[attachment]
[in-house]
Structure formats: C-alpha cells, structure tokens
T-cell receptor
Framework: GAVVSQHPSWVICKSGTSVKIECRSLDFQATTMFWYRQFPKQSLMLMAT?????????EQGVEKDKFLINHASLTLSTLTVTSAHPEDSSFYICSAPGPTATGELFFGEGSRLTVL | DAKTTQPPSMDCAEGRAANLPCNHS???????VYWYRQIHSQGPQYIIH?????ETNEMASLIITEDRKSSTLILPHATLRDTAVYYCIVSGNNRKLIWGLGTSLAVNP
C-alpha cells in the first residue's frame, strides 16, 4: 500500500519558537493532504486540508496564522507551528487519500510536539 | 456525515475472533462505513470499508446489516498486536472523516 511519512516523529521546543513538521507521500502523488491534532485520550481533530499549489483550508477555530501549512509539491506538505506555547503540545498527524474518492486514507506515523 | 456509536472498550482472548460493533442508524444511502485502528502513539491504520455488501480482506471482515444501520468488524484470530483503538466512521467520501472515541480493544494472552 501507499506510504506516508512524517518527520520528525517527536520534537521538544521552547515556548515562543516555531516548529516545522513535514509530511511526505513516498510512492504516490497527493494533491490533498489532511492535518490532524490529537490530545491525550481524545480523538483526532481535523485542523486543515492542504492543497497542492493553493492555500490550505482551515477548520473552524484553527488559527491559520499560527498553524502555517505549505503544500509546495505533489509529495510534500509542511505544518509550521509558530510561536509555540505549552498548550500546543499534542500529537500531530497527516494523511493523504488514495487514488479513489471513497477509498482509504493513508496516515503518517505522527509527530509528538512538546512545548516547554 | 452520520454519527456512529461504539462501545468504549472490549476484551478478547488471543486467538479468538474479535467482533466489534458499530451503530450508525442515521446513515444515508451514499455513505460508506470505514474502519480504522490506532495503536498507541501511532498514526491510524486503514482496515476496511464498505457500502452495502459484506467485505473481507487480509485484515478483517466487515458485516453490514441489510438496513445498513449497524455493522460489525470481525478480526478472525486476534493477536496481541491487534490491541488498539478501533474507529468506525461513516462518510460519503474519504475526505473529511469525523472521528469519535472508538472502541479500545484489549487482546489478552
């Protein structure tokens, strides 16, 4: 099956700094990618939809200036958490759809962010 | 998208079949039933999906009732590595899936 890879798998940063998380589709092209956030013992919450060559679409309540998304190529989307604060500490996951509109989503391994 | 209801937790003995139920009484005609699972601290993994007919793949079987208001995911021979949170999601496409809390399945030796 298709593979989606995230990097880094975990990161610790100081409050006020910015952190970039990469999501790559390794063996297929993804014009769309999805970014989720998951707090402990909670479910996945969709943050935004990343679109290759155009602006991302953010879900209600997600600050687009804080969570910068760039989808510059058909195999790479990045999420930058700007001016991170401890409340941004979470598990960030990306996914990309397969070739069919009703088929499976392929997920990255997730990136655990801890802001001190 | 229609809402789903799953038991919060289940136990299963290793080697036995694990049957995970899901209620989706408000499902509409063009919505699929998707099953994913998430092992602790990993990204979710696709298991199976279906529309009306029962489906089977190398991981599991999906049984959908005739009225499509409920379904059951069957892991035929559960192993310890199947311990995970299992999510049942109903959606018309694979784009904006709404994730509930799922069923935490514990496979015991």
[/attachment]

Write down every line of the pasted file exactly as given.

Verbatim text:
[in-house]
Structure formats: C-alpha cells, structure tokens
T-cell receptor
Framework: GAVVSQHPSWVICKSGTSVKIECRSLDFQATTMFWYRQFPKQSLMLMAT?????????EQGVEKDKFLINHASLTLSTLTVTSAHPEDSSFYICSAPGPTATGELFFGEGSRLTVL | DAKTTQPPSMDCAEGRAANLPCNHS???????VYWYRQIHSQGPQYIIH?????ETNEMASLIITEDRKSSTLILPHATLRDTAVYYCIVSGNNRKLIWGLGTSLAVNP
C-alpha cells in the first residue's frame, strides 16, 4: 500500500519558537493532504486540508496564522507551528487519500510536539 | 456525515475472533462505513470499508446489516498486536472523516 511519512516523529521546543513538521507521500502523488491534532485520550481533530499549489483550508477555530501549512509539491506538505506555547503540545498527524474518492486514507506515523 | 456509536472498550482472548460493533442508524444511502485502528502513539491504520455488501480482506471482515444501520468488524484470530483503538466512521467520501472515541480493544494472552 501507499506510504506516508512524517518527520520528525517527536520534537521538544521552547515556548515562543516555531516548529516545522513535514509530511511526505513516498510512492504516490497527493494533491490533498489532511492535518490532524490529537490530545491525550481524545480523538483526532481535523485542523486543515492542504492543497497542492493553493492555500490550505482551515477548520473552524484553527488559527491559520499560527498553524502555517505549505503544500509546495505533489509529495510534500509542511505544518509550521509558530510561536509555540505549552498548550500546543499534542500529537500531530497527516494523511493523504488514495487514488479513489471513497477509498482509504493513508496516515503518517505522527509527530509528538512538546512545548516547554 | 452520520454519527456512529461504539462501545468504549472490549476484551478478547488471543486467538479468538474479535467482533466489534458499530451503530450508525442515521446513515444515508451514499455513505460508506470505514474502519480504522490506532495503536498507541501511532498514526491510524486503514482496515476496511464498505457500502452495502459484506467485505473481507487480509485484515478483517466487515458485516453490514441489510438496513445498513449497524455493522460489525470481525478480526478472525486476534493477536496481541491487534490491541488498539478501533474507529468506525461513516462518510460519503474519504475526505473529511469525523472521528469519535472508538472502541479500545484489549487482546489478552
């Protein structure tokens, strides 16, 4: 099956700094990618939809200036958490759809962010 | 998208079949039933999906009732590595899936 890879798998940063998380589709092209956030013992919450060559679409309540998304190529989307604060500490996951509109989503391994 | 209801937790003995139920009484005609699972601290993994007919793949079987208001995911021979949170999601496409809390399945030796 298709593979989606995230990097880094975990990161610790100081409050006020910015952190970039990469999501790559390794063996297929993804014009769309999805970014989720998951707090402990909670479910996945969709943050935004990343679109290759155009602006991302953010879900209600997600600050687009804080969570910068760039989808510059058909195999790479990045999420930058700007001016991170401890409340941004979470598990960030990306996914990309397969070739069919009703088929499976392929997920990255997730990136655990801890802001001190 | 229609809402789903799953038991919060289940136990299963290793080697036995694990049957995970899901209620989706408000499902509409063009919505699929998707099953994913998430092992602790990993990204979710696709298991199976279906529309009306029962489906089977190398991981599991999906049984959908005739009225499509409920379904059951069957892991035929559960192993310890199947311990995970299992999510049942109903959606018309694979784009904006709404994730509930799922069923935490514990496979015991």